BALTIMORE — We've set another new record for coronavirus cases. 2,900 more Marylanders now have the virus. That's just the start of the concern.
Our positivity rate's above 7 percent and nearly 1,200 are in the hospital, the highest since the end of May.
Johns Hopkins experts say now is the time to pull the emergency break and enact targeted restrictions to control the spread until a vaccine is widely available.
"The epidemic is uncontrolled currently in the US. Rates have never been this high," said Amber D’Souza, a professor with the Department of Epidemiology and Johns Hopkins Bloomberg School of Public Health.
And unfortunately, Johns Hopkins experts said during a virtual press conference today they believe it’s only going to get worse. David Dowdy, an associate professor with the Department of Epidemiology, said there’s usually a 3-week lag between when we see cases and when we see deaths.
"We’ve seen an increase in the number of cases in the past two weeks of about 70-75 percent nationwide and we can probably expect to see that number increase in deaths over the next 2-3 weeks," said Dowdy.
But experts said it’s not too late to reverse these troubling trends. They say we need to continue wearing masks, maintaining physical distance and avoiding large gatherings.
In places with widespread community transmission and where hospitals are starting to come under strain, they recommend leaders close high risk activities, like indoor dining, bars and gyms, but through a targeted approach while scaling up contact tracing.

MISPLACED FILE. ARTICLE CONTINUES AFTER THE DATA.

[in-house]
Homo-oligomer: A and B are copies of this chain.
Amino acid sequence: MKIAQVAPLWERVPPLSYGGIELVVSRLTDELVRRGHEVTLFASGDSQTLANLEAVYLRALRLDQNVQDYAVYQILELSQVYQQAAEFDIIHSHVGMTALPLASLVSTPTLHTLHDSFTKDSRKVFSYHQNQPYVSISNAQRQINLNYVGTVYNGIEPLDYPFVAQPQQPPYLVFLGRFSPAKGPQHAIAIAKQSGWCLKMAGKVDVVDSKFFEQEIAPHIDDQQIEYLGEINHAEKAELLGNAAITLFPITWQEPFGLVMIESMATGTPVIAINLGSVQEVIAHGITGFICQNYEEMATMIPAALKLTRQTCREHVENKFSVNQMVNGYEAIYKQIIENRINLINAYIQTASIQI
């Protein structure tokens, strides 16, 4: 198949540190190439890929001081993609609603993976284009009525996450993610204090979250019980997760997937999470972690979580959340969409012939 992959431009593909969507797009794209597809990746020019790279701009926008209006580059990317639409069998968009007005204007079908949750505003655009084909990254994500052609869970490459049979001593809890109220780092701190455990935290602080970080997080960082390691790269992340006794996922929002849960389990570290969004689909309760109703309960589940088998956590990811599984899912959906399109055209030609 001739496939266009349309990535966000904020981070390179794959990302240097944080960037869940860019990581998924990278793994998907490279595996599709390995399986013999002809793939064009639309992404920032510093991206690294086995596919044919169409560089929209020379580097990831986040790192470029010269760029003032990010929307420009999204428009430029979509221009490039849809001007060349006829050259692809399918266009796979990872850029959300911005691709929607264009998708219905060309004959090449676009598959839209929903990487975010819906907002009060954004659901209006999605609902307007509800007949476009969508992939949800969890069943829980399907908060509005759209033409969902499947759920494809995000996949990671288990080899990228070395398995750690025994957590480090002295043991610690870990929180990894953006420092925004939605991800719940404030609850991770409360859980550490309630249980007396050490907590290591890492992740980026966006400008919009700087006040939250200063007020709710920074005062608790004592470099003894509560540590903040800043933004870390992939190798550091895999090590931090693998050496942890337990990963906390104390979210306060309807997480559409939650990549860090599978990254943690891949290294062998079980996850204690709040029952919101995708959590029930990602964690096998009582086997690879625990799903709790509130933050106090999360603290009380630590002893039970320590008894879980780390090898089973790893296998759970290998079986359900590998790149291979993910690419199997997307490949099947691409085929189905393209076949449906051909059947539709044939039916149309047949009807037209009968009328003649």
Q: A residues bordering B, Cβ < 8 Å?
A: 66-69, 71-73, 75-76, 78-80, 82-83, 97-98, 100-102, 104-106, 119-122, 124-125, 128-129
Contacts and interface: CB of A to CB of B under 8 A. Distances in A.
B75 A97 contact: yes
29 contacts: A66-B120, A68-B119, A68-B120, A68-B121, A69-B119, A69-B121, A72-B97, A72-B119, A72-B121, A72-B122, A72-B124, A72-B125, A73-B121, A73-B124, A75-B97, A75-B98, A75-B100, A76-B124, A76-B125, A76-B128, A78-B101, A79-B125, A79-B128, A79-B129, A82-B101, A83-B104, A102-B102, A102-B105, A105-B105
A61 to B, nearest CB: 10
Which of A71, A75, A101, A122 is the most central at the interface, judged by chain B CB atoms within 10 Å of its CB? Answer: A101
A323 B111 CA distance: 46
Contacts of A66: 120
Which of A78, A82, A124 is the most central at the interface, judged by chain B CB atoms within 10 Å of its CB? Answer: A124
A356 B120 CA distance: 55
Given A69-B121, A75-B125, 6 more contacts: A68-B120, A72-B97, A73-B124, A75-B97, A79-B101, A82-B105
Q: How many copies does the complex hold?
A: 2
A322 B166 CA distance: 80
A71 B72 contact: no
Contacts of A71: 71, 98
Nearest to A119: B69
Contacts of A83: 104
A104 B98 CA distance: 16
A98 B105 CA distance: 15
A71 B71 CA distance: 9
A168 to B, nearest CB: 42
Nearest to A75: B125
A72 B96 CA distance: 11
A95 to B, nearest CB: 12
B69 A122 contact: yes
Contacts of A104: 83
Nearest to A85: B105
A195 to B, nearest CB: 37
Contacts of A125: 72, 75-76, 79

"In the course of contact tracing, those tracers learn a lot about where people have been over the last few days that might have contributed to their infection and so that’s a really important source of data to target these restrictions as narrowly as possible so there doesn’t have to be community wide closures," said Caitlin Rivers, a senior scholar with the Johns Hopkins Center for Health Security.
"The key is the limit the damage that is done until the next 2-3 months or more until we have a vaccine," said Dowdy.
Experts expect most people won’t be vaccinated until the spring or summer, so in the meantime, these continued efforts by everyone in the community are critical, especially with the holidays approaching.
"The life you save may be your own," said Josh Sharfstein, Vice Dean for Public Health Practice and Community Engagement at the Johns Hopkins Bloomberg School of Public Health.
"Yes, your own and your neighbors and your friends and the people you don’t know who you still should care about," said D'Souza.
Thursday, the CDC issued new guidance for Thanksgiving, urging Americans not to travel and cancel plans with relatives outside your household.
In the live webcast, Dr. D’Souza said that COVID-19 is the leading cause of death in the United States. Johns Hopkins issued a correction later saying it is currently the third leading cause of death, after heart disease and cancer.